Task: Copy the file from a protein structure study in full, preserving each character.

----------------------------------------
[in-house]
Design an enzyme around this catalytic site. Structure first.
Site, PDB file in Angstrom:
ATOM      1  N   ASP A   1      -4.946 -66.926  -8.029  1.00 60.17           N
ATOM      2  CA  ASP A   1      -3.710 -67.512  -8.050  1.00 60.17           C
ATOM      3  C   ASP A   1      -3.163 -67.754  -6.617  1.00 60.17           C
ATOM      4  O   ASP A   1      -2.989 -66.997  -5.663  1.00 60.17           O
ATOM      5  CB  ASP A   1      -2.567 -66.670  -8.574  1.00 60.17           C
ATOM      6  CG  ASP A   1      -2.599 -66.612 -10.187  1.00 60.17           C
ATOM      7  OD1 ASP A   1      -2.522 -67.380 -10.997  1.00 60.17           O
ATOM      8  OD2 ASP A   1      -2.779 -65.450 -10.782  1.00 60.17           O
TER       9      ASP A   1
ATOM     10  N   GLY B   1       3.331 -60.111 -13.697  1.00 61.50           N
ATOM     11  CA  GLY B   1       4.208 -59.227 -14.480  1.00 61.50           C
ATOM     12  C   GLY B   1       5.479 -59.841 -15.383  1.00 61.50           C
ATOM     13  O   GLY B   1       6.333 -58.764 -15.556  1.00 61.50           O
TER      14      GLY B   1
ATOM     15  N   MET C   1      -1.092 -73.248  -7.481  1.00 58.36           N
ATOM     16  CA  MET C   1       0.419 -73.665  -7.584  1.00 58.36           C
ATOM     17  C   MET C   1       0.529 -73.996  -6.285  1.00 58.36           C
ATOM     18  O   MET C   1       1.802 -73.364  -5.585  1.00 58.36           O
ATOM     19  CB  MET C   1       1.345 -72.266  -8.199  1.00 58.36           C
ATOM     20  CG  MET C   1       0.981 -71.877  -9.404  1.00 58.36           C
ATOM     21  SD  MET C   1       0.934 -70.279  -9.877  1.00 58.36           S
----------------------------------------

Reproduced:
[in-house]
Design an enzyme around this catalytic site. Structure first.
Site, PDB file in Angstrom:
ATOM      1  N   ASP A   1      -4.946 -66.926  -8.029  1.00 60.17           N
ATOM      2  CA  ASP A   1      -3.710 -67.512  -8.050  1.00 60.17           C
ATOM      3  C   ASP A   1      -3.163 -67.754  -6.617  1.00 60.17           C
ATOM      4  O   ASP A   1      -2.989 -66.997  -5.663  1.00 60.17           O
ATOM      5  CB  ASP A   1      -2.567 -66.670  -8.574  1.00 60.17           C
ATOM      6  CG  ASP A   1      -2.599 -66.612 -10.187  1.00 60.17           C
ATOM      7  OD1 ASP A   1      -2.522 -67.380 -10.997  1.00 60.17           O
ATOM      8  OD2 ASP A   1      -2.779 -65.450 -10.782  1.00 60.17           O
TER       9      ASP A   1
ATOM     10  N   GLY B   1       3.331 -60.111 -13.697  1.00 61.50           N
ATOM     11  CA  GLY B   1       4.208 -59.227 -14.480  1.00 61.50           C
ATOM     12  C   GLY B   1       5.479 -59.841 -15.383  1.00 61.50           C
ATOM     13  O   GLY B   1       6.333 -58.764 -15.556  1.00 61.50           O
TER      14      GLY B   1
ATOM     15  N   MET C   1      -1.092 -73.248  -7.481  1.00 58.36           N
ATOM     16  CA  MET C   1       0.419 -73.665  -7.584  1.00 58.36           C
ATOM     17  C   MET C   1       0.529 -73.996  -6.285  1.00 58.36           C
ATOM     18  O   MET C   1       1.802 -73.364  -5.585  1.00 58.36           O
ATOM     19  CB  MET C   1       1.345 -72.266  -8.199  1.00 58.36           C
ATOM     20  CG  MET C   1       0.981 -71.877  -9.404  1.00 58.36           C
ATOM     21  SD  MET C   1       0.934 -70.279  -9.877  1.00 58.36           S